(Left) These leaning bamboo poles are decorated with white and yellow adornments. White represents purity and yellow represents happiness and prosperity. Our guide told us the part leaning down represents introspection … but I’ve googled it and found this pole symbolizes A LOT of stuff but I’m not seeing introspection. But, let’s just go with it because introspection is something that’s really important 😉 (Right) A fruit tower which serves as an offering to the gods.

Mt. Agung Volcano

(Top left): Evacuees from areas close to Mt. Agung – a volcano at high risk of erupting. (Top center): A Balinese school. (Top right): Scott enjoying the views from the Kastala Trail where we essentially were the lone travelers. (Bottom left): Kastala tracking trail. (Bottom center): Enjoying a fresh coconut from a home/store along the trail. (Bottom right): Mt. Agung in the distance … hiding behind the clouds.

Days before we left for Bali, my mom texted me and asked if I’d seen the news that Bali was on the highest alert possible for seismic activity. In other words, a volcano – Mt. Agung – was about to erupt. I was already a little nervous about traveling so far and for so long from Hadley, especially because there had just been the devastating earthquake in Mexico and heated tweets were being exchanged between Trump and Kim Jung Un. Now this? We had to decide if we’d go or stay home and lose all the money we’d already paid for the trip. I know – a first world problem – but still a little disconcerting. After reading every article online possible and talking with our travel agent, we were as assured as we could be that we would not be in harm’s way IF the volcano erupted while we were there. Worst case scenario would be that we wouldn’t be able leave Bali to head home when expected. Doesn’t sound too shabby – except when you have a three-year-old waiting at home for you. Luckily, the volcano did not erupt while we were there (it erupted about two months later), but it was sad to see how the eruption threat affected the Balinese tourism industry. When tourism is your predominant industry, flight and hotel cancellations and fewer people visiting restaurants and other attractions is devastating. Everyone we encountered thanked us for choosing to come to the island.

In the photo collage above, you can see some of the evacuees – people who lived in villages around the volcano. Many of them are farmers so not only did they have to evacuate, their animals did too, and there was a fear their livelihood would be literally swept away. In 1963, Mt. Agung erupted and 2,000 people died. Luckily, nowadays there are devices that measure seismic activity and give more warning.

Luckily for us, Mt. Agung didn’t disrupt our trip, and it was really neat to see all the fundraising efforts that were going on throughout Bali to help those displaced by the volcano. The people who assist others in times of crisis provide a silver lining … in this case to the clouds of ash.

A Celebration of Five Years

Anniversary Ceremony
(Left) Showing off our special Balinese attire. (Right) With our Balinese priest and assistant following a ceremony for our five-year anniversary..

When our guide and hotel learned our five-year-wedding anniversary was coming up, they offered to perform a celebration/ceremony for us. And it was such a neat experience. Although we didn’t know what exactly they were saying/chanting during the 20 minutes that we sat cross-legged in front of the altar, it didn’t matter. Scott and I were sitting side by side and soaking in the serenity and this cultural expression of honor and love. After the ceremony, we received a bracelet – friendship bracelet style – and I’m embarrassed to say I don’t remember what the three different colors meant; however, I’m proud that Scott and I wore the bracelets (we got a second one on trip) until they fell off on their own. For me that was multiple months later. And Scott is still wearing one of his. I was surprised that Scott didn’t want to take the bracelets off when he went back to work after our trip. It made my heart smile that he didn’t care what anyone thought and that he wanted to wear them. And these bracelets have turned into something bigger: Hadley has asked about the bracelets a lot. So, we’ve decided to make “family bracelets.” We each are picking a color we like and then those colors are used together to make bracelets we’ll each wear.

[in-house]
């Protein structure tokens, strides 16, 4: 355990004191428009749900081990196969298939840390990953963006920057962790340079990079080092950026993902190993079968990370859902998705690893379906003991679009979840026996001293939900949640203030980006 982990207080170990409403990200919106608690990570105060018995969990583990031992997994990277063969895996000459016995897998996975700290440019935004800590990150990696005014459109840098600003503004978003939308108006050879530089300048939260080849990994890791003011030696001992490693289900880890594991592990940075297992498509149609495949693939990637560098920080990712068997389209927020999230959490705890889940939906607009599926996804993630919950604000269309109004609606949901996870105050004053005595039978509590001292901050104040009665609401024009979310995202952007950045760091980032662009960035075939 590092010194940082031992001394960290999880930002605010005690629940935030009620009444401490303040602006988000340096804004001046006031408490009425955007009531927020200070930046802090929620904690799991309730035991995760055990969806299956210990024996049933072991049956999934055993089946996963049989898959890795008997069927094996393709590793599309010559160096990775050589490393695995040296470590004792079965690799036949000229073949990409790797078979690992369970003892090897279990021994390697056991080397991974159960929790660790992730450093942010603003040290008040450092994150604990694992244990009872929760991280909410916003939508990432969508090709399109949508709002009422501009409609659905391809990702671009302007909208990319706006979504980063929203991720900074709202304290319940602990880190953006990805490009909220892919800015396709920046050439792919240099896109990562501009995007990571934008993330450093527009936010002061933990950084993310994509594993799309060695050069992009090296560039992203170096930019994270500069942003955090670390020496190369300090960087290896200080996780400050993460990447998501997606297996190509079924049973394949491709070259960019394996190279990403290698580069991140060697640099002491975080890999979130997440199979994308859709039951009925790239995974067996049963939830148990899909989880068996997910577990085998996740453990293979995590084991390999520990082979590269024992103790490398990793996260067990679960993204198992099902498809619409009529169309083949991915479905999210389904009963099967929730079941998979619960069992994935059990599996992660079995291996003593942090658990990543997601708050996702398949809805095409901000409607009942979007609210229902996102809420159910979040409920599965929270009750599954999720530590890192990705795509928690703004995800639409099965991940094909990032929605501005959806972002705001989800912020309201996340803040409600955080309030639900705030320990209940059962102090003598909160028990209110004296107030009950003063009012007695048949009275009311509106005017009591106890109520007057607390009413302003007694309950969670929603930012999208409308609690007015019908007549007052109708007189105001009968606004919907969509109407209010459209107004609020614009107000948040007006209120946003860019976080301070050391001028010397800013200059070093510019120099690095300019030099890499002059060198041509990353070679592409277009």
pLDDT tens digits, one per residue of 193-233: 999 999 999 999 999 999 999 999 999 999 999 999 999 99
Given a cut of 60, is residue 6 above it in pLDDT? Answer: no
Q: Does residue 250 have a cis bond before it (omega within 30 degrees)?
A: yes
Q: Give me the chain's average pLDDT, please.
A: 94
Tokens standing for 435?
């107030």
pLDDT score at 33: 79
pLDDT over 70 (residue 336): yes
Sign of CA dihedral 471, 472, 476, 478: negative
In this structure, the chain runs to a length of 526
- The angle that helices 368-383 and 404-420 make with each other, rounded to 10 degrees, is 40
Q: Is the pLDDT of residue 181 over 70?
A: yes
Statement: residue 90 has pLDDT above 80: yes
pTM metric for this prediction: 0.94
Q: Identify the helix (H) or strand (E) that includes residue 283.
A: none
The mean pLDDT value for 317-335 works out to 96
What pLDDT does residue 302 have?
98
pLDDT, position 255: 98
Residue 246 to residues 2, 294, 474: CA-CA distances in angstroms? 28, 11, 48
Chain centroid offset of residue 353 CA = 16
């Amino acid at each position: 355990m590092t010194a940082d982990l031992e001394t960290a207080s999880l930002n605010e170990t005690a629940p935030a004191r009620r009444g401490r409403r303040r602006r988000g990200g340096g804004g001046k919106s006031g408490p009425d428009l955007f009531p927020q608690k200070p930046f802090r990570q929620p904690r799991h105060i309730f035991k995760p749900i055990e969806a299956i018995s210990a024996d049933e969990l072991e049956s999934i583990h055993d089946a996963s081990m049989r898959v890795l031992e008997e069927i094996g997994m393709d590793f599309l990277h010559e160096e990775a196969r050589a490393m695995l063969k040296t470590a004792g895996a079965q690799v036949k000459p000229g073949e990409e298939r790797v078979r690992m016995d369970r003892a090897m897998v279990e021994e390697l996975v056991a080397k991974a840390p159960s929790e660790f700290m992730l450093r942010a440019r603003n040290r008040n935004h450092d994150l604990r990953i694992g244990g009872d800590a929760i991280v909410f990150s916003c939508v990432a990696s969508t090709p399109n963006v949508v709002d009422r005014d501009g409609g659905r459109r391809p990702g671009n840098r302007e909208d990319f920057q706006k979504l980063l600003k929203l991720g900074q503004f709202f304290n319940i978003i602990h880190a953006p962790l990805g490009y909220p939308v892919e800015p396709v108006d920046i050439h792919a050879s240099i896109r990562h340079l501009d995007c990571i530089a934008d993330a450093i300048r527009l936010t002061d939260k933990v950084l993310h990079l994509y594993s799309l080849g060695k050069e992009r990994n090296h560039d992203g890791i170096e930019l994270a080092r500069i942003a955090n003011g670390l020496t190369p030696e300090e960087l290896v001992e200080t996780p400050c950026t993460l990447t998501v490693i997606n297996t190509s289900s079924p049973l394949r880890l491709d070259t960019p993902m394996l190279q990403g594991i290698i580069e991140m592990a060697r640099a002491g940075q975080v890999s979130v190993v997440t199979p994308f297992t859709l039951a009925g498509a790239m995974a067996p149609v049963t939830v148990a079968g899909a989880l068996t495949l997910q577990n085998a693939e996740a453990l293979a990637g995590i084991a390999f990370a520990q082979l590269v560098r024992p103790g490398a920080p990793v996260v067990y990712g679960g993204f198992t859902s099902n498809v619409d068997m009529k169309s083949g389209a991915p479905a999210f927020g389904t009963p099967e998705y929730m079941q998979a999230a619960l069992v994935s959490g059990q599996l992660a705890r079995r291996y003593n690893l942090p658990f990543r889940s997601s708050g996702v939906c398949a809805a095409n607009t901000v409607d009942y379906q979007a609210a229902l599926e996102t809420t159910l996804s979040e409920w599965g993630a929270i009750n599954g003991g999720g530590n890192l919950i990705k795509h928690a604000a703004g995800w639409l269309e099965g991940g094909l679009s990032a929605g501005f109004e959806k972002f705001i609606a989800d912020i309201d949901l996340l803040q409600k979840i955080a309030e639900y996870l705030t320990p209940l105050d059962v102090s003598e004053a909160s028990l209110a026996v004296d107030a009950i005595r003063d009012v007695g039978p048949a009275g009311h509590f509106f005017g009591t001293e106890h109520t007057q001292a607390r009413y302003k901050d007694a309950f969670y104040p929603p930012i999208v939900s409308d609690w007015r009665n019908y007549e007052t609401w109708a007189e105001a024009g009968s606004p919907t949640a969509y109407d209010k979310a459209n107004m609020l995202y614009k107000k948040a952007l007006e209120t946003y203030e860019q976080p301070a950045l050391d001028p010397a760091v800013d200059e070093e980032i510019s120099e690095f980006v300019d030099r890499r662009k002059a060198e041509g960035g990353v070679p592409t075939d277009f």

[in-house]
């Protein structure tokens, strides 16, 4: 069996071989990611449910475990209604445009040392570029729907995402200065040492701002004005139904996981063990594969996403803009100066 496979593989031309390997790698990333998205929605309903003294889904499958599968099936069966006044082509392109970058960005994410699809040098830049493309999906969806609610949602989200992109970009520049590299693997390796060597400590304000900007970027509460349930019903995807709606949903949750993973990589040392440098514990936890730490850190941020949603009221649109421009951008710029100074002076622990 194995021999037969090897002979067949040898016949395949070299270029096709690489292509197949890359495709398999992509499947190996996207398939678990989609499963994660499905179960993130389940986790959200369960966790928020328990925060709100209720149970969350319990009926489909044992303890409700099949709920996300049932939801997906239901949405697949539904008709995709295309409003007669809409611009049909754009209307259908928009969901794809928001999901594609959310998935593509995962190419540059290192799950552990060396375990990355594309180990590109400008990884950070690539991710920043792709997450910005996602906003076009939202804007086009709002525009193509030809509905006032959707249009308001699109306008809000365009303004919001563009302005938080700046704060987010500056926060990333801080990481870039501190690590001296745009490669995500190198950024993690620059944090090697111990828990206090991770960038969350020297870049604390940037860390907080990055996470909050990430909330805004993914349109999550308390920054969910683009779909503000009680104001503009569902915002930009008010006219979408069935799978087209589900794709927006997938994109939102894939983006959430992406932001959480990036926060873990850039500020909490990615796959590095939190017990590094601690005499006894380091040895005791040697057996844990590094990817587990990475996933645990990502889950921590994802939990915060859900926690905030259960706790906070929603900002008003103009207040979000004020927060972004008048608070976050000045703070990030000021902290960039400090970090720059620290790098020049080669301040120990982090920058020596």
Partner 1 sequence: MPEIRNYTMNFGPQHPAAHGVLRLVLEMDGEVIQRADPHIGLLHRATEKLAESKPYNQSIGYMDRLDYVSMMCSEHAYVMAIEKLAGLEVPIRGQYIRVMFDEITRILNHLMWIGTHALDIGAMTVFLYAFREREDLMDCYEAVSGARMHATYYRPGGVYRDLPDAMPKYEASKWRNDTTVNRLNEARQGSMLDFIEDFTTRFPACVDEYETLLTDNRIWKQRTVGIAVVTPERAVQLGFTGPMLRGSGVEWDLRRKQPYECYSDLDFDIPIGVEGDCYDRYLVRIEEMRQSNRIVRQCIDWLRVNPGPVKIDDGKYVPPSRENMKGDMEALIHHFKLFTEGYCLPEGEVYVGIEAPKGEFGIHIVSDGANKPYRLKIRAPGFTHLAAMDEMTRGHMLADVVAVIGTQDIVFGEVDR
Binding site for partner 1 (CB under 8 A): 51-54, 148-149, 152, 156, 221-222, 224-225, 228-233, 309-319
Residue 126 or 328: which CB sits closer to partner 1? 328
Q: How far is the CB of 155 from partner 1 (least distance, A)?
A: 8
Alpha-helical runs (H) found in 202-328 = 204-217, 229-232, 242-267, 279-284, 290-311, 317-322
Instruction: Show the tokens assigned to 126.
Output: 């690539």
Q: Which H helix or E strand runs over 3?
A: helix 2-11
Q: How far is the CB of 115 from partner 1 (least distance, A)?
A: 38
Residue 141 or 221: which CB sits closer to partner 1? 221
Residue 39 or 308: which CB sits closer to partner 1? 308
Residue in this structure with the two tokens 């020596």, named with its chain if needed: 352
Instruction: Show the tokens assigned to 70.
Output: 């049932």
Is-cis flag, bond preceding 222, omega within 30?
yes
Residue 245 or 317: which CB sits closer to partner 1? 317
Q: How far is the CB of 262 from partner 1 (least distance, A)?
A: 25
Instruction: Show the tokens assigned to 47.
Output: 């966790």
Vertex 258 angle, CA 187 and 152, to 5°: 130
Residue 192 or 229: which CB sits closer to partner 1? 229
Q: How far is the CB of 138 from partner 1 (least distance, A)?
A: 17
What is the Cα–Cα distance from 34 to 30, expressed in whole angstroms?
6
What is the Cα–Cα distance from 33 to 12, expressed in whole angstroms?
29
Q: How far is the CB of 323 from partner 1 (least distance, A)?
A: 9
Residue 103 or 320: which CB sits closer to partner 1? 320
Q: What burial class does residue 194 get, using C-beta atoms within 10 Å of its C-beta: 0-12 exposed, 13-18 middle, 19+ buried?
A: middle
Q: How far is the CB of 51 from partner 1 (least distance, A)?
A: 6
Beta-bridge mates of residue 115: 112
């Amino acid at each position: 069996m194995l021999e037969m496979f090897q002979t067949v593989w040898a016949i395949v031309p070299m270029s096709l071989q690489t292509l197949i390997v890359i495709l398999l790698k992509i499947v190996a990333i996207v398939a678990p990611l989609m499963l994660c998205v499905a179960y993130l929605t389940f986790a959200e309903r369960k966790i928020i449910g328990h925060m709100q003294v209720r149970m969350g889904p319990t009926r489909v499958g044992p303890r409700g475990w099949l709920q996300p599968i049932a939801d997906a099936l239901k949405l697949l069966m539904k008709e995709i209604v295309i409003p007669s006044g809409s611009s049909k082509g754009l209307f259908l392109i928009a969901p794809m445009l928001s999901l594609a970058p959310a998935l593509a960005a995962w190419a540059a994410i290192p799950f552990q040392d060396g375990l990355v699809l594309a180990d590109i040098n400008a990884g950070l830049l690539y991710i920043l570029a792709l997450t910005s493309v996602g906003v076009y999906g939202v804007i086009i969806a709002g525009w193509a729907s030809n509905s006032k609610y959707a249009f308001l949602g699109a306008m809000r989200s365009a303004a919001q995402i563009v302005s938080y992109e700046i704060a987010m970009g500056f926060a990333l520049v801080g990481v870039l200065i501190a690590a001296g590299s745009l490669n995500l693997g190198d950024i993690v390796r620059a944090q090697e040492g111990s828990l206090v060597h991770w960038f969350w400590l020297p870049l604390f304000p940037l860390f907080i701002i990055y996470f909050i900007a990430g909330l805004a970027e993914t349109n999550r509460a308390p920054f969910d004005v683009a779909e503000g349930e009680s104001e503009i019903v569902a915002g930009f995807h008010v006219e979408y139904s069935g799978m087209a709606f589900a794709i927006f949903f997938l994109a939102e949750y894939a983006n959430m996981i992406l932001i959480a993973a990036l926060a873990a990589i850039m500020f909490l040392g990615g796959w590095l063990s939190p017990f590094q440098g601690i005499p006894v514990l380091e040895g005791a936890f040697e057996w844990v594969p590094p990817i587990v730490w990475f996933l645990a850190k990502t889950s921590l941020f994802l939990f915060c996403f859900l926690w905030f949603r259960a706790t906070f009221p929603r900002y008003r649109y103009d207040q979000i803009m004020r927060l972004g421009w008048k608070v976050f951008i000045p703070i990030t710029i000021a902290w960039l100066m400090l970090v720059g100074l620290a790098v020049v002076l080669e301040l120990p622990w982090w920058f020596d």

Other Pictures I Like 

Balinese Field Worker
A field worker
Candi Bentar – or rather split gates – is a common architectural element in religious locations.
The lower pool at Amankila resort.

 

(Left) View to the lower pool at Amankila Resort in Mangiss. (Right) Scott enjoying the tiered upper pool at Amankila.
(Left) Beach selfie … with hotel employees picking up trash on the beach … an effect of development/modernization on the island. (Right): Sunset in Seminyak on the south shore.

Have you ever been to Bali? What did you learn/take away from your trip?

Goodbye, beloved Bali. Thank you for a a great trip.

XOXO,

Amy (@belovedbody)

SaveSaveSaveSave

SaveSave

SaveSaveSaveSaveSaveSaveSaveSave

SaveSave

SaveSave

SaveSave

SaveSave

SaveSave

Leave a Reply

Fill in your details below or click an icon to log in:

WordPress.com Logo

You are commenting using your WordPress.com account. Log Out /  Change )

Google+ photo

You are commenting using your Google+ account. Log Out /  Change )

Twitter picture

You are commenting using your Twitter account. Log Out /  Change )

Facebook photo

You are commenting using your Facebook account. Log Out /  Change )

w

Connecting to %s